Pittsburgh Post-Gazette from Pittsburgh, Pennsylvania on February 1, 1990 · Page 101
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Pittsburgh Post-Gazette from Pittsburgh, Pennsylvania · Page 101

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Pittsburgh, Pennsylvania
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Thursday, February 1, 1990
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Page 101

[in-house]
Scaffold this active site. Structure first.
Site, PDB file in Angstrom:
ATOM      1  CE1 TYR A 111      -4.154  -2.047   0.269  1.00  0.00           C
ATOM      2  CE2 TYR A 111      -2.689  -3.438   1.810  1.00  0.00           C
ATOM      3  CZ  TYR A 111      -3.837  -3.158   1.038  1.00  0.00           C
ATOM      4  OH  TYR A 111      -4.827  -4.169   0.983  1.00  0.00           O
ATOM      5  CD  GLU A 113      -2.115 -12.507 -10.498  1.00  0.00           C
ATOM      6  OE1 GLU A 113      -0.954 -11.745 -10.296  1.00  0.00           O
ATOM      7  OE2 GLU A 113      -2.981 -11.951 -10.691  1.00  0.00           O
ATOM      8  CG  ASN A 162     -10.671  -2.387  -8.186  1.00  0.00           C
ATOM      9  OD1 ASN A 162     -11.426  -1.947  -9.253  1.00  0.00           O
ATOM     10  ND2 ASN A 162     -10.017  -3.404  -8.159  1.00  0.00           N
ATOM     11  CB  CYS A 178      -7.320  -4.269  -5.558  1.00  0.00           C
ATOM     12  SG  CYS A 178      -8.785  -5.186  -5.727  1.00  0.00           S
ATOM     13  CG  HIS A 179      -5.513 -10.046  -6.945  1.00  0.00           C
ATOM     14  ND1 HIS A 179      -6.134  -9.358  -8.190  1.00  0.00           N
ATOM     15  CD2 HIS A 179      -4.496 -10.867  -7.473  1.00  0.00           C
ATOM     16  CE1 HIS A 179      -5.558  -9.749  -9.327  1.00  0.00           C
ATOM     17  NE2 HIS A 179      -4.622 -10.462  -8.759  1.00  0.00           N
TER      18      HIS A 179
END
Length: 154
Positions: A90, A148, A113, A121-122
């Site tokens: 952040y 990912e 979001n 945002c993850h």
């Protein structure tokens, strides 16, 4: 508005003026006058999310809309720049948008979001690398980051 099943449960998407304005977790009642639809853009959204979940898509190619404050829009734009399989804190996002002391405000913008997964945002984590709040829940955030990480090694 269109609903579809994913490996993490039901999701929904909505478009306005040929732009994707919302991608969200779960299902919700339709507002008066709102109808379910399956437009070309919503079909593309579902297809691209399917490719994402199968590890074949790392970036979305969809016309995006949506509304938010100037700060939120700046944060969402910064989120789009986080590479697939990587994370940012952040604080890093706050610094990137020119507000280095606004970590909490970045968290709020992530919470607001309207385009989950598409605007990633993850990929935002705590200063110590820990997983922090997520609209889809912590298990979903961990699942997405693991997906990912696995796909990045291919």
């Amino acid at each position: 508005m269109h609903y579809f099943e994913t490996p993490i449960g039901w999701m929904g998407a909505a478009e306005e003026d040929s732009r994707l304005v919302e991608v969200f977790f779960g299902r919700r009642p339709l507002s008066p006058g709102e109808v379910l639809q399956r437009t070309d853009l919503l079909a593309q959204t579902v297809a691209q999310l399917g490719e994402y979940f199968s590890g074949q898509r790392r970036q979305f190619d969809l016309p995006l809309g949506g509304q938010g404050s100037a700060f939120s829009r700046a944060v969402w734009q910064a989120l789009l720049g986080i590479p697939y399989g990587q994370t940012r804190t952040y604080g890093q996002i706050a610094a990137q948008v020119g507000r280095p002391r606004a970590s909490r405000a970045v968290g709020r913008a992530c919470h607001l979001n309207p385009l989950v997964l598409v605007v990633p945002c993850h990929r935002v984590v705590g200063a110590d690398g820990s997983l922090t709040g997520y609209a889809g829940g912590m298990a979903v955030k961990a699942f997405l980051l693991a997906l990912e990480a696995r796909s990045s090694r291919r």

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PittsburQl) iPosf-Casrifc &:7::::;::;r7rr-,,:..v::-""' i A Ml THURSDAY, FEBRUARY 1, 1990 25 ackledge, Newsome unprot ected V" A. V 7 HIM ' .mvm 2v "It's nothing I'm jumping for joy about. " Plan B free agent Dwayne Woodruff DRUCE KEIDAN Dukes on the rise but that could change By Ed Bouchette Post-Gazette Sports Writer Quarterback Todd Blackledge is out, former Green Bay quarterback Randy Wright may be in and 15 Steelers become unrestricted free agents today as the team begins its preparations for 1990. Blackledge's contract expires today, and he will not be offered a new one, effectively ending a disappointing two years as a backup quarterback with the Steelers. The Steelers begin their search for his replacement this morning when several coaches and scouts work out Wright at the University of Wisconsin. Blackledge and 14 other players on their 52-man roster will not be among those the Steelers protect today under the NFL's Plan B unrestricted free-agency system. That plan allows each NFL team to protect no more than 37 players by today. All others are free to sign with any other team until April 1 without any restrictions. players and their agents after they were informed by the team yesterday. "It was a little bit of a surprise to me," said Newsome, the Steelers' punter since 1985. "But it's nothing I'm concerned about. I feel I'm one of the better punters in the NFL and I can play for anybody." Newsome led the league with a 45.4-yard average in 1988, but he slipped to 41.1 last season. Except for Blackledge, who won't be extended a contract, most of those left unprotected will probably be invited to training camp by the Steelers if they do not sign with another team. Woodruff, for example, was unprotected last year, but returned to start at cornerback in every game last season. He works for a Downtown law firm in the off-season and last year did not pursue offers from other teams. CONTINUED ON PAGE 27 UNPROTECTED Hera are 14 of tha 15 Steelera left unprotected under tha NFL's Plan B tree agency. David Arnold, defensive back Todd Blackledge, quarterback Brian Blankenship, guard Jason Johnson, wide receiver Harry Newsome, punter Terry O'Shea, tight end Tracy Simien, linebacker Vinson Smith, linebacker Weegie Thompson, wide receiver Tim Tyrrell, running back Ray Wallace, running back Eric Wilkerson, running back Dwayne Woodruff, cornerback Craig Wolfley, offensive lineman Players the Steelers will not protect include two 10-year veterans cornerback Dwayne Woodruff and offensive lineman Craig Wolf ley wide receiver Weegie Thompson and, in a bit of a surprise, punter Harry Newsome. Among the others who will go unprotected are guard Brian Blankenship, tight end Terry O'Shea, defensive back David Arnold, linebackers Vinson Smith and Tracy Simien, wide receiver Jason Johnson, running backs Tim Tyrrell, Eric Wilkerson and Ray Wallace, and one other player. The Steelers would not release their unprotected list, but it was obtained from several ludgeoned by West Virginia in Morgantown four weeks earlier by a score too obscene to mention, Duquesne University flirted at Wit it . v i m 'J'i ' ft',. f -f ' y h ij " xi 1 ?Ynf4 J.Tij m V.W.H. Campbell Jr.Post-Ga V.W.H. Campbell Jr. ffi Post-Gazette Panthers center Bobby Martin is swarmed under by four Boston College players last night, including Llor Arditti (No. 14), who was guilty of a foul on the play. length Tuesday night with a stunning reversal. But when show-and-tell time arrived in Palumbo Center, the Mountaineers had amassed 78 points to the Dukes' 77. The trouble with moral victories is that they go in the loss column. Which is why coaches Duquesne's John Carroll no less than others prefer the other kind. Old-fashioned, immoral victories have been scarce on the Bluff of late. Carroll has presided over just three, in 20 games. That is not surprising. In addition to an exceptionally talented transfer student named Mark Stevenson, Carroll inherited a program in chaos from Jim Satalin. And a succession of injuries has at times transformed Stevenson's modest supporting cast into an orthopedic ward. Gifted though Stevenson is, it is asking a lot of him to go one-on-five and win. He matriculated originally at Notre Dame University and had but a single year of eligibility remaining by the time he showed up at Duquesne. Before it is finished, he is likely to smash to smithereens Sihugo Green's school record for points scored in a season. Green garnered 662 points in 1955-56. The 43 Stevenson scored Tuesday night raised his total to 548, and the Dukes have a minimum of eight games left to play. Despite Stevenson's imminent departure, basketball at Duquesne would appear to be on the ascent again, after a decade or so in the doldrums. In addition to having a home court of its own, Duquesne now has Carroll, who helped P.J. Carlesimo transform Seton Hall from perennial Big East patsy into a powerhouse. Carroll is competent, charismatic and tireless. Those characteristics will, in time, translate to a winning program. Unless, of course, circumstances beyond the control of Carroll (or anyone else at Duquesne) intervene. I am not talking about earthquakes or an outbreak of measles. I am talking about the uncertain state of the Atlantic 10 Conference, of which Duquesne is a member. And I am talking about the vagaries of life in the shark tank of big-time college athletics for a comparatively little fish like Duquesne. Let's start with the Atlantic 10. Penn State is leaving the conference in order to join the Big Ten. Three other Atlantic 10 schools West Virginia, Temple and Rutgers are tinkering with the idea of leaving to help form an all-sports conference. If that happens, the Atlantic 10 dies. The last rites would be premature. There are pitfalls aplenty in the proposed all-sports conference. Not the least of which is that it would require Pitt, Syracuse and Boston College to forfeit their membership in the Big East. A good guess is that the new conference will turn out to involve football only, leaving the Atlantic 10 intact. In a best-case scenario, DePaul, Miami and La Salle would help make it the Atlantic 12, perhaps split into two divisions. It would be a logical step up for La Salle, which resides now in the no-frills Metro Atlantic Conference. DePaul and Miami are independents, an endangered species due to the NCAA's recent decision to prune three games from the current allowable maximum of 28 in a season. When and if that legislation becomes effective, independents will find themselves begging for games. There will not be enough home games to go around. In a worst-case scenario, the Atlantic 10 folds, and Duquesne takes its hat in hand and joins the Metro Atlantic Conference. Goodbye West Virginia, Temple and Rutgers. Hello, Iona, St. Peters et al. Can Carroll recruit blue-chip players to perform for Duquesne in the Metro Atlantic Conference? You don't want to find out. There is always the possibility that the much-discussed, never-consummated Catholic Conference could at long last become a reality. Galvanized by the new 25-game limit, Notre Dame and Marquette and DePaul might form the nucleus of such a league. But, as with any new conference, their champion would not qualify automatically for a berth in the lucrative NCAA postseason tournament for five years. Which brings us around to that aforementioned shark tank. Lucre, filthy and otherwise, is the name of the game in Division I men's basketball. The NCAA Tournament will generate a billion dollars in TV revenue alone in a seven-year period beginning in 1991. The bigger the spoils become, the less eager the victors are to share them. There is sentiment in some quarters to make membership in Division I more restrictive. The NCAA is considering certain recommendations designed to discourage the Duquesnes of the world from attempting to compete with the elite. Current NCAA regulations require each team that competes in Division I in basketball to field a minimum of six men's and six women's teams in other sports. But only the basketball team is compelled to play the Ereponderance of its games against Division competition. That may change. Another recommendation would require Division I schools to award at least 60 percent of the maximum allowable grants-in-aid in each sport in which it competes. If, say, the NCAA permitted schools to give out 10 scholarships annually for women's volleyball, you could dispense no fewer than six. At present, Duquesne doles out 60 percent of the maximum allowable grants-in-aid awards in one sport basketball. 10-80 BC, lit Masts Oakmont closing in on Opens By Marino Parascenzo Post-Gazette Sports Writer Oakmont Country Club is just a couple of signatures away from becoming host to both the 1992 U.S. Women's Open and the 1994 U.S. Open. Oakmont President Larry Wal-lisch last night confirmed that the U.S. Golf Association, which stages the national golf championships, submitted contracts for both events to Oakmont officials last weekend. The contracts are currently under study by club lawyers and officials. "I don't think there's going to be any great problem with them," Wal-lisch said from his vacation spot in Florida. "No, we don't have any deadlines for returning them, but obviously the USGA would like to have this accomplished as soon as possible." This Open would be Oakmont's seventh, tying it with Baltusrol, in New Jersey, as site of the most U.S. Opens. Any doubt that Oakmont would get the '94 Open was erased last weekend when the USGA announced that the '94 Men's Senior Open had been awarded to Pinehurst CC, in North Carolina, the only other candidate for the '94 Open. This will be the first Women's Open ever at Oakmont. The USGA asked Oakmont to stage it when it became clear that the previous host. Merion Golf Club, outside Philadelphia, would be facing too much competition from the U.S. Senior Open at nearby Saucon Valley CC. Backman fills holes in Pirates' infield plan By Paul Meyer Post-Gazette Sports Writer Wally Backman became the Pirates' Wally Backup yesterday. The Pirates signed the free-agent infielder to a one-year contract that his agent, Dick Moss, said is worth a base salary of $400,000. It also includes incentives based on number of games played that could earn Backman up to an additional $500,000. Backman, 30, who made $750,000 last year while playing for Minnesota, primarily will back up third baseman Jeff King and as a backup to second baseman Jose Lind. "And we'll find out in spring training how much shortstop he can play," General Manager Larry Doughty said. Backman's acquisition means the Pirates no longer will pursue a trade for an everyday third baseman. "I wouldn't make an attempt to trade for one at this point," Doughty said. Backman is a switch-hitter but probably will play most of his games against right-handed pitchers, enabling Manager Jim Leyland to rest either King or Lind. "I just think this makes us so much different," Doughty said. "Against really tough right-handers, he can play second or third." "He's also a possible leadoff candidate if I wanted to move Barry Bonds down in the order on days Wally plays," Leyland said. Backman, the New York Mets' first-round draft pick in 1977, spent all or parts of nine seasons with the Mets, compiling a .283 batting average. When the Mets decided to play rookie Gregg Jefferies at second base last season, they traded Back-man to the Twins. Bothered by a bruised muscle in the rotator cuff of his left shoulder, Backman slumped to .231 in 87 games with the Twins. CONTINUED ON PAGE 27 By Chuck Finder Post-Gazette Sports Writer Inbounds passes thrown out of bounds. Air balls not once, but twice in the first half on consecutive possessions. This was how January ended for Boston College: with a clunk, with a 110-80 humbling at the hands of Pitt last night. The victory by the Panthers (8-10, 2-5) gave them two straight and three in their last four games. It also helped them to avoid the Big East Conference basement, where Boston College (6-13, 0-9) dwells. That is what nine defeats in a row will do for a team. The Eagles dragged into Fitzgerald Field House last night having lost their last eight games. The schedule was far from kind. It pitted them against Georgetown and St. John's at home, at Notre Dame, against Syracuse at home, at Georgetown and St. Johns's and Seton Hall, and against Providence at home. Each resulted in a loss. Then came Pitt. The Panthers, after losing five straight games earlier, had fashioned somewhat of a spurt. They won two of their past three games before BC, including a weekend upset of No. 19 Arizona. For them to retain any hope of a posseason berth, they had to win at least eight of their remaining 11 games. The spurt would have to become a full-fledged streak. They started this game with a a streak. Fueled by Bobby Martin, Jason Matthews and Brian Shorter, Pitt opened first-half leads of 16-4, then 26-15, then 36-19. They possessed a 19-point cushion at halftime. Then BC, with guard Lior Arditti firing 3-pointers, chipped away. Arditti cut it to 10 points, at 48-38, with a trey with about 16 minutes to go. Then Shorter went to work. He sandwiched a three-point play and a lay up around a Rod Brookin trey to push the Panthers' lead to 18, at 58-40, with about 13 and a half minutes remaining. That Shorter lay up came courtesy of a Darelle Porter pass. Porter is subbing this season at point guard for Sean Miller, who underwent foot surgery in December. Yet that pass propelled Porter past Miller in the Pitt all-time assists list, with 362. BC, staying gritty, whittled the margin to 11, at 60-49. Pitt pulled away again. The Panthers uncharacteristically converted 10 straight free throws. They combined those with another three-point play by Shorter, a Matthews trey (his fourth of the game) and a Shorter fast-break slam to take a 78-56 advantage. Martin added another three-point play making it 11 consecutive free throws to boost Pitt's lead to 25, at 81-56. It has been that kind of month for the Eagles. They became so frustrated, they racked up four technical fouls: two on Coach Jim O'Brien, and one each on Arditti and forward Doug Able. Pitt romped past 100 points again, as it did Saturday against Arizona. Trivial statistic of the week: The Panthers are 4-0 when they score triple digits. The game had an auspicious start for the Eagles. Guard Bobby Moran dived for a loose ball off the opening tip, rolled over and was called for traveling. It was the first of 10 turnovers in the half. Well, at least it wasn't another miss. They had enough of those 19 of 29. While BC went 0-for-9 from the field, Martin and Matthews stoked Pitt to a 9-0 lead. Freshman David Hinton erased the shutout with a jumper at 16:15. The Panthers proceeded to widen the margin to 15-4 on Matthews' third trey in four minutes and a Martin dunk. Soon after, the Eagles went on a bit of a spurt. They pieced together an 11-2 run that pared the Pitt advantage to three points, at 18-15. Enter Martin. After being poked in the right eye on that earlier dunk, he returned to right the listing Panthers with a turnaround jumper at 8:47. The gates opened. Pitt outscored the visitors by 23-9 the rest of the way. New mountains for Pens' Tanti to climb goals. Three of them. He now has five goals, four assists for nine points in nine games as a Penguin. Overall this season, he is 19-22-41. The hat trick was overshadowed by the Penguins' 6-3 loss to the Philadelphia Flyers, but it was not lost on Patrick. "He's traditionally been a 40-goal scorer, although he fell off last year," he said. "We've got 29 games left, and he's got 19 now. Not wanting to put any pressure on him, but I think he's going to get close to 40 again. "I'm sure the hat trick will help Tony feel more comfortable with things. It takes a while after a trade to totally blend in to a team." Tanti came over with center Barry Pederson and defenseman Rod Buskas for forwards Dan Quinn, Andrew McBain and Dave Capuano. CONTINUED ON PAGE 26 By Shelly Anderson Post-Gazette Sports Writer They don't play him that mountain music in the Penguins' locker room like the folks in Vancouver used to play, but Tony Tanti is feeling at home just the same. "I like country music," said Tanti, the right wing obtained by the Penguins from the Canucks Jan. 8. He lists Alabama as his favorite band. "Vancouver's all country. There's not too much here." Tanti sat near the Civic Arena locker room yesterday after practice, enduring the rock music that blared out. It wasn't too difficult, though. He had a hat trick from Tuesday night to talk about - something that took a little of the edge off both the music and the Penguins' three-game losing streak. "Each game, I'm feeling a little more comfortable," he said. "And I'll get better, "Each game, I'm feeling a little more comfortable. " Tony Tanti especially with the people I'm playing with." Tanti has been center Mario Lemieux's right-hand man since the trade. On the left side, Bob Errey this week replaced Kevin Stevens, giving the top line a bit more defense. It's offense that Tanti, 26, has supplied since breaking into the NHL in 1982-83. In six full seasons with the Canucks, he averaged 38 goals, reaching 40 three times. He struggled last season and finished with 24. Tuesday, Tanti was busy doing what General Manager Craig Patrick had in mind when he traded for the 5-foot-9, 185-pounder scoring